For the final week of April, Lochlainn Heley curates his own playlist of the best releases this week has had to offer.
Jane Campion had already added another page into the bible of cinema; now bagging the Best Director prize for her meticulous work on The Power of the Dog (2021). This welcome addition in the Academy’s history has frankly been a long time coming, with Campion being only the third woman to do so. Wildes Lawler explores why this is so.
Radio Fodder interviews Leah Bourne about her role in UHT’s upcoming production ‘Nora: A Doll’s House’. This will be the last production performed in Union Theatre at Union House after providing a sanctuary for theatre-loving UniMelb students for an unmatched legacy of 84 years.
Radio Fodder’s Benley Nguyen shares his ten picks from the best releases this week has had to offer; from Korean singer-songwriter BIBI to Aussie rock outfit King Gizzard & The Lizard Wizard.
Melbourne-based neo-soul collective Velvet Bloom serve up familiar yet simultaneously fresh sounds on their debut EP ‘Glimmer’, a testament to their instinctive experimentation in mixing and melding different musical styles.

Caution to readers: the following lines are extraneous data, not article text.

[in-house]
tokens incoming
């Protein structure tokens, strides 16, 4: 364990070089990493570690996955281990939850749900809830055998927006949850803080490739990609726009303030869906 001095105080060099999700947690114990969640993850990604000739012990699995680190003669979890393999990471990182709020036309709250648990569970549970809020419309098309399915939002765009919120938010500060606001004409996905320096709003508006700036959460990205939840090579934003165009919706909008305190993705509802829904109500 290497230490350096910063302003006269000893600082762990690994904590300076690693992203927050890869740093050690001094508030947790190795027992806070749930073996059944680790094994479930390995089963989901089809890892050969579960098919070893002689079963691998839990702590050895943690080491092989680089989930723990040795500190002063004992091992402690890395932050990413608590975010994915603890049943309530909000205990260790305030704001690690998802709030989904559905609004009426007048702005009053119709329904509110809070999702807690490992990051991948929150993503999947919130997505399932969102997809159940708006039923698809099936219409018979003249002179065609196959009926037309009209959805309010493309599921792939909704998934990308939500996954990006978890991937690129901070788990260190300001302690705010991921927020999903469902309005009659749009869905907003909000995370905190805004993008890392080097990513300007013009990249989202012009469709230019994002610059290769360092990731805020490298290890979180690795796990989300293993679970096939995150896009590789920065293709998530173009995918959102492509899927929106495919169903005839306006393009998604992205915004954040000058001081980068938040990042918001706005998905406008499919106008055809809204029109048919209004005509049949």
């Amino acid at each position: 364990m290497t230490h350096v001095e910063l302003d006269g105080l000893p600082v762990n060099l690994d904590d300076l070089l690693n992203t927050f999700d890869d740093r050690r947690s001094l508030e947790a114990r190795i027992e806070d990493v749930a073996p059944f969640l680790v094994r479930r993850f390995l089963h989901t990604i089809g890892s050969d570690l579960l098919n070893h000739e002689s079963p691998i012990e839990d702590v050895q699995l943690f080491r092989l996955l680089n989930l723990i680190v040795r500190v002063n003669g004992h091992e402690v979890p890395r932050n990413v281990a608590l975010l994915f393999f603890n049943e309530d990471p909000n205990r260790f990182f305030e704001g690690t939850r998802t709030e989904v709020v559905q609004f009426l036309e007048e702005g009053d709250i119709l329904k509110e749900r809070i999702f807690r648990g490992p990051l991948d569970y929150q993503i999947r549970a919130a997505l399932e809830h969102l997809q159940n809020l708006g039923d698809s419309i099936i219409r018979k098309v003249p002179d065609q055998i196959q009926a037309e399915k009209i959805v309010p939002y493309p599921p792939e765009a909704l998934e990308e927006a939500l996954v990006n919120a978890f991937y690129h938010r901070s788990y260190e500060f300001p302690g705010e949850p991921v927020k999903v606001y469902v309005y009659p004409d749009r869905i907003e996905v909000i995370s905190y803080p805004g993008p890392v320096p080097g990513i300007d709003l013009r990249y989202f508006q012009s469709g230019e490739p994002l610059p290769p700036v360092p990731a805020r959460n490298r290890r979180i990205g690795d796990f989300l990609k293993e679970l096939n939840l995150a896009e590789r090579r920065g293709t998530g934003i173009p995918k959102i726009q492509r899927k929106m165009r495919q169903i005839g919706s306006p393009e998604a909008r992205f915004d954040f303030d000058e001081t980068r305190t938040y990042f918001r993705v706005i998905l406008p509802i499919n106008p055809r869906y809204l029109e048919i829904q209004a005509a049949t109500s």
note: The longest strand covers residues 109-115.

‘Olivia Rodrigo: driving home 2 u (a SOUR film)’ tells of the artist’s unrequited love that manifested into the most popular music album in the world. Sharing intimate details never broached before, the singer-songwriter appears more vulnerable than ever in her latest cinematic endeavour.
Olivia Ryan shares a 10-song glimpse into her playlist to help you start the mid-semester break by discovering new music and artists.
Lochlainn Heley unpacks the ever controversial method of adaptation. He also shares a list of books which have adaptation potential.
Emma Xerri unpacks the problematic depictions of women and the misogynistic traits of male characters in ‘The Wolf of Wall Street’, her newest column piece for ‘The Search For Feminism in Male Film Favourites’.